Hanif Abdurraqib reclaims Columbus on his own terms

The celebrated poet, essayist and cultural critic reads from his staggering new book, ‘There’s Always This Year: On Basketball and Ascension,’ at King Arts Complex tonight (Monday, March 25).
Hanif Abdurraqib
Hanif AbdurraqibKate Sweeney

In the weeks after Columbus police shot and killed 13-year-old Ty’re King in September 2016, Hanif Abdurraqib wrote an essay for Columbus Alive in which the poet, author and cultural critic unpacked the reality that he was raised on the same streets where King died, in a city that has a history of treating some of its residents as disposable.

“In all of this, I want to say that I grew up Black on the East Side of Columbus,” Abdurraqib wrote at the time. “I grew up Black on the East Side of Columbus and have run from police before. I have not always been good, but I have always been worthy of living and fighting to become better. I have touched that community and been touched by it, and the people who live in it are all worthy of life, even as their lives are ignored or seen as less worthy by the city that surrounds them.”

It’s an idea to which Abdurraqib returns in his remarkable new book, There’s Always This Year: On Basketball and Ascension, which uses sports as a launch point for the author to delve into everything from grief and aging to what it means to love your home even when it fails you and the perilously thin line that can exist between making it within a place and being consumed by it.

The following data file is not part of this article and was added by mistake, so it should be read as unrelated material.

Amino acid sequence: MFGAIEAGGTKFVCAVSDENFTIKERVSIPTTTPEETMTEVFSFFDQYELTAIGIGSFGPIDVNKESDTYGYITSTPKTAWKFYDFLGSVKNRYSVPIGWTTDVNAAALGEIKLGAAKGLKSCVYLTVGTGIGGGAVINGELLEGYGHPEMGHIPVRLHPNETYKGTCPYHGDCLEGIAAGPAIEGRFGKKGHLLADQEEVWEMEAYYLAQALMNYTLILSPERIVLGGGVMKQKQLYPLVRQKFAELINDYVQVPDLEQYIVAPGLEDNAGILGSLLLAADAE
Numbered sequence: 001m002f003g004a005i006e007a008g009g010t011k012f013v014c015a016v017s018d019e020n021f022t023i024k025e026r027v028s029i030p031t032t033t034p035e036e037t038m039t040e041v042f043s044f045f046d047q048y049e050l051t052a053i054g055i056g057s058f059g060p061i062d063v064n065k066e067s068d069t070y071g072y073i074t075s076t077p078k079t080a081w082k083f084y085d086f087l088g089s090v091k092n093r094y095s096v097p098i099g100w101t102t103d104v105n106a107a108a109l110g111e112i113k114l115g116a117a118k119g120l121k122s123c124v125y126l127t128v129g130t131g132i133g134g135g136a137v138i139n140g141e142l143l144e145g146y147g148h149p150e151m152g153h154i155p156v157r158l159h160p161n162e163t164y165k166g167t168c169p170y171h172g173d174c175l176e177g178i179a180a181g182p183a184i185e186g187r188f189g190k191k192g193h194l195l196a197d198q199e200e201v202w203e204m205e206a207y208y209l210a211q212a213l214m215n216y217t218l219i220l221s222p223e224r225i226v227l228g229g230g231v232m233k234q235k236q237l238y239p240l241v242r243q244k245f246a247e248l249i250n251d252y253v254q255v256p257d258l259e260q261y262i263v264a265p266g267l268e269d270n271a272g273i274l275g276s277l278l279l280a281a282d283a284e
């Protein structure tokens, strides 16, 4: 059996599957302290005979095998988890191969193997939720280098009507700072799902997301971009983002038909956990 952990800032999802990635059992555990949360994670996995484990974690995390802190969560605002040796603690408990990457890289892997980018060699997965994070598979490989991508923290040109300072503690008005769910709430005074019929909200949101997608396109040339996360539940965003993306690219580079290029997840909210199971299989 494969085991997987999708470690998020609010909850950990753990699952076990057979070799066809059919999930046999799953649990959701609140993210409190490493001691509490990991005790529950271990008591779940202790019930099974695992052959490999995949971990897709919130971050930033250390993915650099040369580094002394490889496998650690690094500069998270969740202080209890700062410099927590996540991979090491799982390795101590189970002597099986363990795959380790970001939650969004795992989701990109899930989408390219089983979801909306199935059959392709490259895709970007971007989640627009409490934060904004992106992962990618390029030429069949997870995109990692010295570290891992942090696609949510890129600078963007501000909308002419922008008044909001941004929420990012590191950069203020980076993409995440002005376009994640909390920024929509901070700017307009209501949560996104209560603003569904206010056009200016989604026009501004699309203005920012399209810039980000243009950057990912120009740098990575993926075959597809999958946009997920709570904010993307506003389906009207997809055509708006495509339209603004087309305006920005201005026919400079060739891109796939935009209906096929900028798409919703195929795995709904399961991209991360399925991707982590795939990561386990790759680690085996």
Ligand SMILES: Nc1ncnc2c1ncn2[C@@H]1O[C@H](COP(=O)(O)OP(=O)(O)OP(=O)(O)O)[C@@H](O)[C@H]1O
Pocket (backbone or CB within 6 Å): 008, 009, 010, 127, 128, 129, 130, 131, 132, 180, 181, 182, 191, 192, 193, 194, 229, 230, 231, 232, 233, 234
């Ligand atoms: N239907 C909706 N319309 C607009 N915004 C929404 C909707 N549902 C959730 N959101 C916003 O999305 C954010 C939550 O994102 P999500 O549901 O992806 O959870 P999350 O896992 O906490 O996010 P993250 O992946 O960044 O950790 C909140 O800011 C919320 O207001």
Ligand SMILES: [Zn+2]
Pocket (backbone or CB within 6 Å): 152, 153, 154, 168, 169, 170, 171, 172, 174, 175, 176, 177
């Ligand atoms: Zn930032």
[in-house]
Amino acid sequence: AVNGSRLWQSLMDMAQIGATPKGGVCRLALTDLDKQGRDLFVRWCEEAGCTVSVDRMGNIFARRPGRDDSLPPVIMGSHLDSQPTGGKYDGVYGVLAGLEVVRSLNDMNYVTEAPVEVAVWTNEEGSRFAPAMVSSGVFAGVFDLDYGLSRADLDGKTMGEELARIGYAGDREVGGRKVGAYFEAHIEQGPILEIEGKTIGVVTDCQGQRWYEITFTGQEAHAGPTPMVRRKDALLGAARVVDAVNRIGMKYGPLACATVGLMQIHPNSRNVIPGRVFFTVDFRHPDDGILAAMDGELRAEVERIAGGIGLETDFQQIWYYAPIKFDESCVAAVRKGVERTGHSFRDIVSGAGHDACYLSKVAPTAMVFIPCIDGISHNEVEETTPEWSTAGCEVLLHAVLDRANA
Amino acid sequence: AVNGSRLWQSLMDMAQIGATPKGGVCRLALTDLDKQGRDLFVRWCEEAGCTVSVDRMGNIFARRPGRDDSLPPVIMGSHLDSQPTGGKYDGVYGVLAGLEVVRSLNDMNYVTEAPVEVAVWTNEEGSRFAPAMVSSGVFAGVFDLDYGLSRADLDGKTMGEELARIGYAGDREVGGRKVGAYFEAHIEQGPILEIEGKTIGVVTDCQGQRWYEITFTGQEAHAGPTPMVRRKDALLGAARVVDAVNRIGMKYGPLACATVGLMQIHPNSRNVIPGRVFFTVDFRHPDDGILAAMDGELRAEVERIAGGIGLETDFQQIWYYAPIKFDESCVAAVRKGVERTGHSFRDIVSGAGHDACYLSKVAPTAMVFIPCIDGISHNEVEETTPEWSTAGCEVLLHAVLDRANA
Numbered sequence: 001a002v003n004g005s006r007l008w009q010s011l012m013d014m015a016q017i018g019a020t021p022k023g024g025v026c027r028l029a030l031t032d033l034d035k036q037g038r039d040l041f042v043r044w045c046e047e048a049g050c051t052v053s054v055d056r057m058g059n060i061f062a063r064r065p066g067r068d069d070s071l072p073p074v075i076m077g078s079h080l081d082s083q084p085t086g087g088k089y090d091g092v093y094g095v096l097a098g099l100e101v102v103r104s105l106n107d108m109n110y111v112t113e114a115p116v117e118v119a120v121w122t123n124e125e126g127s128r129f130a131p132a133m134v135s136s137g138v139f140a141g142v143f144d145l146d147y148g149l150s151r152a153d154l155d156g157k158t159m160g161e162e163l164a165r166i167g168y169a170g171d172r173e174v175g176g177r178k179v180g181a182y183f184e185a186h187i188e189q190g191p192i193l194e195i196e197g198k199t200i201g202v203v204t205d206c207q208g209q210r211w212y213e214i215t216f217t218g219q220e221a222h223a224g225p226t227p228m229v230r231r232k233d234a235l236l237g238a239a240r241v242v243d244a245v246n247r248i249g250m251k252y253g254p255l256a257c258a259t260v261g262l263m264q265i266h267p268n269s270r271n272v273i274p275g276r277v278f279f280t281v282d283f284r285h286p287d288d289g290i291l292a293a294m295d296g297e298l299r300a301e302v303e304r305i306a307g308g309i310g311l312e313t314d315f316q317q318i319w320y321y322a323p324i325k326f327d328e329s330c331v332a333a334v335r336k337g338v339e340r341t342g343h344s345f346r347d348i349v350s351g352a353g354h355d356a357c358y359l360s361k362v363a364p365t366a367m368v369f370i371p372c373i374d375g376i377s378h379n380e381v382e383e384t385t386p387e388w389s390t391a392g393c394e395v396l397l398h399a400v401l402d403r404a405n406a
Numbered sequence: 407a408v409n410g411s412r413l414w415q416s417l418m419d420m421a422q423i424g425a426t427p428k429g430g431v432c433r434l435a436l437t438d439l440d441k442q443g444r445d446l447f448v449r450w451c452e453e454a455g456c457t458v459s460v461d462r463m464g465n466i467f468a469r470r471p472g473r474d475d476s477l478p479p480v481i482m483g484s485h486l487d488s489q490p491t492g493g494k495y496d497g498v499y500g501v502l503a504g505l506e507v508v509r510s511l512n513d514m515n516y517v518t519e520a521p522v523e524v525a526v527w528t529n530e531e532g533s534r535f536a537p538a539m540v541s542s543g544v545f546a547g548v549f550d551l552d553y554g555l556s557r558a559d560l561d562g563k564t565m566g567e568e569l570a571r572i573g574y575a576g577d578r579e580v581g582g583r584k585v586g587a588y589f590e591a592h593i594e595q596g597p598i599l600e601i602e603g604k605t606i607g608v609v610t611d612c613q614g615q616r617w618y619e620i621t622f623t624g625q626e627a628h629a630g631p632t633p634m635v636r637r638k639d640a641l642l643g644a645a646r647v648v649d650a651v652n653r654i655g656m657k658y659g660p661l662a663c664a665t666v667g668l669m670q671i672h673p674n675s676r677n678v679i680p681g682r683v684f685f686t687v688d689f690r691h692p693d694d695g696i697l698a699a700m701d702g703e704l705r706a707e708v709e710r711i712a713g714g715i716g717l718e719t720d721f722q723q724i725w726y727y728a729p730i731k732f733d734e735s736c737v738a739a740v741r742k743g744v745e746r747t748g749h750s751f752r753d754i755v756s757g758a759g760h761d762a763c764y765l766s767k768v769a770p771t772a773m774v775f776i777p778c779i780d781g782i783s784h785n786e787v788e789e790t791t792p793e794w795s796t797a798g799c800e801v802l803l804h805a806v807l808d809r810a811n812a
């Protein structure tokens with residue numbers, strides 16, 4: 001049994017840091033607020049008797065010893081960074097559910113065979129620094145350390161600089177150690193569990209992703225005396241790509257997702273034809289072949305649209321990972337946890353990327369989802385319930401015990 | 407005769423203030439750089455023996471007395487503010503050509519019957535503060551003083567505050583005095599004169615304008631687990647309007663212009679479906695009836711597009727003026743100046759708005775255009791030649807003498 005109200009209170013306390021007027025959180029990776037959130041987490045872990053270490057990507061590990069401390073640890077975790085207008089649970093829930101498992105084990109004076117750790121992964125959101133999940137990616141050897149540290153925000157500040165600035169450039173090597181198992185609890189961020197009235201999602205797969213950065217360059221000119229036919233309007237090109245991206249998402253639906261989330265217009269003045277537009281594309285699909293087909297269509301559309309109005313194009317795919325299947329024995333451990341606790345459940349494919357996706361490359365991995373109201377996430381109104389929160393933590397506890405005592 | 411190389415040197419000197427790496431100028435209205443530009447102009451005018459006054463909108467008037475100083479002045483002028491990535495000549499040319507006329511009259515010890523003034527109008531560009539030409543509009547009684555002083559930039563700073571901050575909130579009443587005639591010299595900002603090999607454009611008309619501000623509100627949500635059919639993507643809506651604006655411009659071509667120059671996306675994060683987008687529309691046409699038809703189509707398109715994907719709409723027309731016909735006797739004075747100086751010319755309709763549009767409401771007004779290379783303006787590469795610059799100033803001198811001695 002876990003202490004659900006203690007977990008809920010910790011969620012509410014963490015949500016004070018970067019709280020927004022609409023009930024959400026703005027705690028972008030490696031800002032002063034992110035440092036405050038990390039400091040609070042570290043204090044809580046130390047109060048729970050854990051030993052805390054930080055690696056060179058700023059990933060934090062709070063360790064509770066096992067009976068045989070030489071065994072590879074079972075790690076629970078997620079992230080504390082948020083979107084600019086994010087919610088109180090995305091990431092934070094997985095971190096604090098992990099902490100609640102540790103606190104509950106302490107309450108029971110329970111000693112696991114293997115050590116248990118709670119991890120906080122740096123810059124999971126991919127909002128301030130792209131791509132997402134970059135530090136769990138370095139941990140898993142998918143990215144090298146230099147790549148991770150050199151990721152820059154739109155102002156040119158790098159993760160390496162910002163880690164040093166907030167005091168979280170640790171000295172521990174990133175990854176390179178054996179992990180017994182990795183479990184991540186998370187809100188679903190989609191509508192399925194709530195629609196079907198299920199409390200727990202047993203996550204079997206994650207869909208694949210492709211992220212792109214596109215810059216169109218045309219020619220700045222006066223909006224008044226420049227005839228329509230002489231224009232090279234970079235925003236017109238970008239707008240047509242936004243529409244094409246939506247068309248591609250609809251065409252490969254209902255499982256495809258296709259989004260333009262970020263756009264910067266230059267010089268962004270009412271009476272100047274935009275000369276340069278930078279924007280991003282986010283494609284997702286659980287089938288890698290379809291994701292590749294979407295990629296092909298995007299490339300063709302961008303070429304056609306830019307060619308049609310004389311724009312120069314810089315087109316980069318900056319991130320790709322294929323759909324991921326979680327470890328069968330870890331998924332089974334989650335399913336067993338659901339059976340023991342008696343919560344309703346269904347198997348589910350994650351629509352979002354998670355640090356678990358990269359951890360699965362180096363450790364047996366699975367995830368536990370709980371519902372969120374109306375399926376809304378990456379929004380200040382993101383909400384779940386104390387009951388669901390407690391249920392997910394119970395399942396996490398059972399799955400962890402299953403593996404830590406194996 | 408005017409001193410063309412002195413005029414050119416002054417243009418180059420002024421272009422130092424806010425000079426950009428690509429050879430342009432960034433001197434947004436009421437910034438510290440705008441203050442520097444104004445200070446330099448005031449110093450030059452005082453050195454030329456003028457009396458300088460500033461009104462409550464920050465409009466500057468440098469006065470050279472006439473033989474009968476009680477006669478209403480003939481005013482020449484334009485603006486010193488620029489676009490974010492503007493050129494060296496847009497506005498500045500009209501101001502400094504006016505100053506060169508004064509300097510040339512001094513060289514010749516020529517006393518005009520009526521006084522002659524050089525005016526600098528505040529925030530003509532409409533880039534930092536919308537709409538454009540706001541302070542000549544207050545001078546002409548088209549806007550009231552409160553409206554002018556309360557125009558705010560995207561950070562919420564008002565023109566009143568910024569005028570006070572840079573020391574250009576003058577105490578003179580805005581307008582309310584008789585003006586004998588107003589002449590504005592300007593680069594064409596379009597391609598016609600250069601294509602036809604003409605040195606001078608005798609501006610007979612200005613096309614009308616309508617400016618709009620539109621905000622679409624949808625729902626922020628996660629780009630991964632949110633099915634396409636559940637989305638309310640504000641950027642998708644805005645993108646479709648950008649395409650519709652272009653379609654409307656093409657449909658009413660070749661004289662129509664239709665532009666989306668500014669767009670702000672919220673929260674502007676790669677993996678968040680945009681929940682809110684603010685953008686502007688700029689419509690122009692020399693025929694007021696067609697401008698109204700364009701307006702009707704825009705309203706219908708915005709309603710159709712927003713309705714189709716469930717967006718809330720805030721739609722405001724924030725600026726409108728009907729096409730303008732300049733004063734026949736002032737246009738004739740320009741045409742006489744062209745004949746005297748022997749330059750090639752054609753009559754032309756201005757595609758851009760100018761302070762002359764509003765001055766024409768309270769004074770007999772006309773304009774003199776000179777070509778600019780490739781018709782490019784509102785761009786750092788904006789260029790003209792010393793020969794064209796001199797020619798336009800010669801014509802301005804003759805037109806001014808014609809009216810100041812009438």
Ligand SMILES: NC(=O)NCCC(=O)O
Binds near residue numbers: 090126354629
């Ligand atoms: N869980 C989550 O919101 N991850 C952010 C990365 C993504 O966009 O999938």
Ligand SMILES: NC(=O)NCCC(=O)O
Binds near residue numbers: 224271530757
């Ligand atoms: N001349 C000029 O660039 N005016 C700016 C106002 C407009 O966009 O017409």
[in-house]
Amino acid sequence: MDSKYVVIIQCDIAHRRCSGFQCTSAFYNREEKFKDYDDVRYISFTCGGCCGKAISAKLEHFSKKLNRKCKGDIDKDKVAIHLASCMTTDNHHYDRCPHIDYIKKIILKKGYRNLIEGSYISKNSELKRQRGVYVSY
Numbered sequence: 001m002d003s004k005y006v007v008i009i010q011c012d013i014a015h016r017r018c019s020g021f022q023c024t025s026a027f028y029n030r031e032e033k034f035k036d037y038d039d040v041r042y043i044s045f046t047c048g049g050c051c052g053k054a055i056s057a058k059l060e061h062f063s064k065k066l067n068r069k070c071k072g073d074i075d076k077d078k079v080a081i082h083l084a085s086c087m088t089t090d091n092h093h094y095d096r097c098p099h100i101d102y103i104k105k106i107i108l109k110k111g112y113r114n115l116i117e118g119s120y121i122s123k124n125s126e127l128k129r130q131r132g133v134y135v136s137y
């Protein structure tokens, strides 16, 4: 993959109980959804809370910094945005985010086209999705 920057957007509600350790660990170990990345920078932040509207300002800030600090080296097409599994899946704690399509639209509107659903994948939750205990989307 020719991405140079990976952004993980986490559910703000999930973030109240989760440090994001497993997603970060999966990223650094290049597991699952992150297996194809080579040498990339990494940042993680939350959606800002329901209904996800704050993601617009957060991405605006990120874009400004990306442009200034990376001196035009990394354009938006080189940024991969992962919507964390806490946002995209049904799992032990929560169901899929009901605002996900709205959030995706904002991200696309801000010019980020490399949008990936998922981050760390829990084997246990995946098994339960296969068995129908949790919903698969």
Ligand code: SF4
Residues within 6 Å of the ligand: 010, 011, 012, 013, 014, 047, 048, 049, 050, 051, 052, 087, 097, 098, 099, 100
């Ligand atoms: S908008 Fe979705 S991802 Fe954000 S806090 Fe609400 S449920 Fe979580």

This final point becomes jarringly clear when Abdurraqib writes about visiting the patch of sidewalk where plainclothes Columbus police officers shot and killed 23-year-old Henry Green in June 2016 – a pilgrimage that took place so soon after the shooting that Green’s blood had not yet been scrubbed from the sidewalk. In the passage, which stretches over a full page, Abdurraqib abandons punctuation, the words arriving in a furious rush as the author recalls his desire in that moment to see the concrete crack open and swallow the new condo developments and breweries and “mixed-use helltowers,” and his want to watch the mayor walk at night through the neighborhoods he had previously dismissed as war zones, and to have the city’s public school children attend classes in buildings equipped with proper heat and air conditioning, their educations not so consistently hindered by the whims of the seasons.

The writing is righteous and honest and visceral, and the unbroken way the sentences are laid out on the page created a physical response within this reader, to the point where I could feel my chest steadily compressing under the mounting weight of Abdurraqib’s words as I moved through the text.